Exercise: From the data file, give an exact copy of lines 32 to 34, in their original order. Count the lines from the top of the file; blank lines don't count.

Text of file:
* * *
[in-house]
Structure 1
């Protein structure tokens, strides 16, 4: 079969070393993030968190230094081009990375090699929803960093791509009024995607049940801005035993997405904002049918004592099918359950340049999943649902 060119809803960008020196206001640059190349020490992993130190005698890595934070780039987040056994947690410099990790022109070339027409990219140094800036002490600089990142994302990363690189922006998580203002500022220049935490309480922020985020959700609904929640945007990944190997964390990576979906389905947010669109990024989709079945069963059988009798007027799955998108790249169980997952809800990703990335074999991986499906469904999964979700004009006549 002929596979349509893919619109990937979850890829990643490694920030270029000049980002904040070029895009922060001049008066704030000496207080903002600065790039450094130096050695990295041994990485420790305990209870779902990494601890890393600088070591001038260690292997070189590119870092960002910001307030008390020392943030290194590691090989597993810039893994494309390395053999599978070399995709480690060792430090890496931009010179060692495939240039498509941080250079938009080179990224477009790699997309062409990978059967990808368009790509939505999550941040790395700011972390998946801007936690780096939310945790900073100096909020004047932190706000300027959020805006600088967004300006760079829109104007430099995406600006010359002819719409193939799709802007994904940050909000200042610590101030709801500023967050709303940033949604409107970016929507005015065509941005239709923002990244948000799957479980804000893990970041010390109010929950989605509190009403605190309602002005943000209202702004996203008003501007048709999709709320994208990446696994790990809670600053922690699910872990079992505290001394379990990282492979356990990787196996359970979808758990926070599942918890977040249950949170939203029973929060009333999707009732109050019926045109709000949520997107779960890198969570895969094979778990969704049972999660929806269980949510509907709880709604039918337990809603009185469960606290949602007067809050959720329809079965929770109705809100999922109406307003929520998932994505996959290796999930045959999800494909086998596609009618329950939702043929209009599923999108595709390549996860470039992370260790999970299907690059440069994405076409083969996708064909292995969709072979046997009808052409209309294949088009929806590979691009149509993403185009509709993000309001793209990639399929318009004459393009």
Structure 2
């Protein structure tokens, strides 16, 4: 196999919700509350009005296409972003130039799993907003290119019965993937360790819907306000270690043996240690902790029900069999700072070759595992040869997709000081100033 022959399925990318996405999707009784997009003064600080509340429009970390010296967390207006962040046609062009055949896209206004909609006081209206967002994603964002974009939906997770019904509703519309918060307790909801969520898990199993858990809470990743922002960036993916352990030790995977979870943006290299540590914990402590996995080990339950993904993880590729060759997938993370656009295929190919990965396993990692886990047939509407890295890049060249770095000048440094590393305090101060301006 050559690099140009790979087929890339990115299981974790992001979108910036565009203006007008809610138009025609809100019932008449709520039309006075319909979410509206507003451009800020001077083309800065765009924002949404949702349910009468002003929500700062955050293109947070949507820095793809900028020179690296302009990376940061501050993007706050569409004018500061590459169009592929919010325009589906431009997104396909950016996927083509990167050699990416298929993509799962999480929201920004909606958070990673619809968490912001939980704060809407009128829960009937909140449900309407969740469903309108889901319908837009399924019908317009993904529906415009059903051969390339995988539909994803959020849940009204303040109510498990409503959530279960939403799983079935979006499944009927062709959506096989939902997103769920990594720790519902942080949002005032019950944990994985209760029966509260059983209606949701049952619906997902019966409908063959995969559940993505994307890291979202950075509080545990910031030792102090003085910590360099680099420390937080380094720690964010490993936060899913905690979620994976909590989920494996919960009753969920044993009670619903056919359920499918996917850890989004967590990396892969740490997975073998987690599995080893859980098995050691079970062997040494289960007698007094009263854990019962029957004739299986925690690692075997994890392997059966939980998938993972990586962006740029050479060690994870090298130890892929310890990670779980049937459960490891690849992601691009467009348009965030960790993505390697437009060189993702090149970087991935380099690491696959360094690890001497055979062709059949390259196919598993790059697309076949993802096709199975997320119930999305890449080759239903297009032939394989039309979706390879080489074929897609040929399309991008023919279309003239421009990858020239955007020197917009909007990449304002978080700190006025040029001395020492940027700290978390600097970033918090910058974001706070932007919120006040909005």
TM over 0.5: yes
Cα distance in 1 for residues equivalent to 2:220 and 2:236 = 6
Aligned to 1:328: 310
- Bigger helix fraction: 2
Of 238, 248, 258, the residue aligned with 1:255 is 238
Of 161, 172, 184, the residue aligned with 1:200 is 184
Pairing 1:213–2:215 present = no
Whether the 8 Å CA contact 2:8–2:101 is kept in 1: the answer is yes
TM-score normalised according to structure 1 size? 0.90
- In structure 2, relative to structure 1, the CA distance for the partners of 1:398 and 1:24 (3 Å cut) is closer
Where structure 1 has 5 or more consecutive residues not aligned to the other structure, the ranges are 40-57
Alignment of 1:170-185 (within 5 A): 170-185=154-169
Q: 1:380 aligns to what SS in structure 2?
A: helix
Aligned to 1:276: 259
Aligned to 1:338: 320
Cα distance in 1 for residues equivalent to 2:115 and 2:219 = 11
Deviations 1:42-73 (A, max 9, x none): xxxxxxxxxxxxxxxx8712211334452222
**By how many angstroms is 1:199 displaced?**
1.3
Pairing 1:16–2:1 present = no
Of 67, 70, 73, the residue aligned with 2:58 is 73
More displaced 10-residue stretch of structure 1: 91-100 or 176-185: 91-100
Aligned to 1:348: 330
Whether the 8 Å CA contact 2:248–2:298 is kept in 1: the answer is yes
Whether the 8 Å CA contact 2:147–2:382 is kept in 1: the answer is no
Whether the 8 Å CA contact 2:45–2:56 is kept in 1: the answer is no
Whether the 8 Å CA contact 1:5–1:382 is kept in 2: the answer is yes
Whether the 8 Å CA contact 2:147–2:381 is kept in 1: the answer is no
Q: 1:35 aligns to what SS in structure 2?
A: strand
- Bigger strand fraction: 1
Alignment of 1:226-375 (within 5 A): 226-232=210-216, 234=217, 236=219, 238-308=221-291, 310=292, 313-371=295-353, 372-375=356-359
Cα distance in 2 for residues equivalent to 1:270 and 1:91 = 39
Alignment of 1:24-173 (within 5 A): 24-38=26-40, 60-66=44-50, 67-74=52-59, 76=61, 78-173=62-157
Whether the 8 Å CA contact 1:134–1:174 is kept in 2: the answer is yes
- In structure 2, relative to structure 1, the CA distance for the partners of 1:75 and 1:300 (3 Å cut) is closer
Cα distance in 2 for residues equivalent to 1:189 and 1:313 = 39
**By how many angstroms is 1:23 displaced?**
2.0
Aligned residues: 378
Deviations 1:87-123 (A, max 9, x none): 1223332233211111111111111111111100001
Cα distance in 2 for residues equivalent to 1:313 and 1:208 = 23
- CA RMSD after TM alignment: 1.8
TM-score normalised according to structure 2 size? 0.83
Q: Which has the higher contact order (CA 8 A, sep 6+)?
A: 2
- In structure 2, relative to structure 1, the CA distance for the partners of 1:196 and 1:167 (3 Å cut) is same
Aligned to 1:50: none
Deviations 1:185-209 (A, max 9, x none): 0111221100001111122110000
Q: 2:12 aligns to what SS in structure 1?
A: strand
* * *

Whether the 8 Å CA contact 2:45–2:56 is kept in 1: the answer is no
Whether the 8 Å CA contact 1:5–1:382 is kept in 2: the answer is yes
Whether the 8 Å CA contact 2:147–2:381 is kept in 1: the answer is no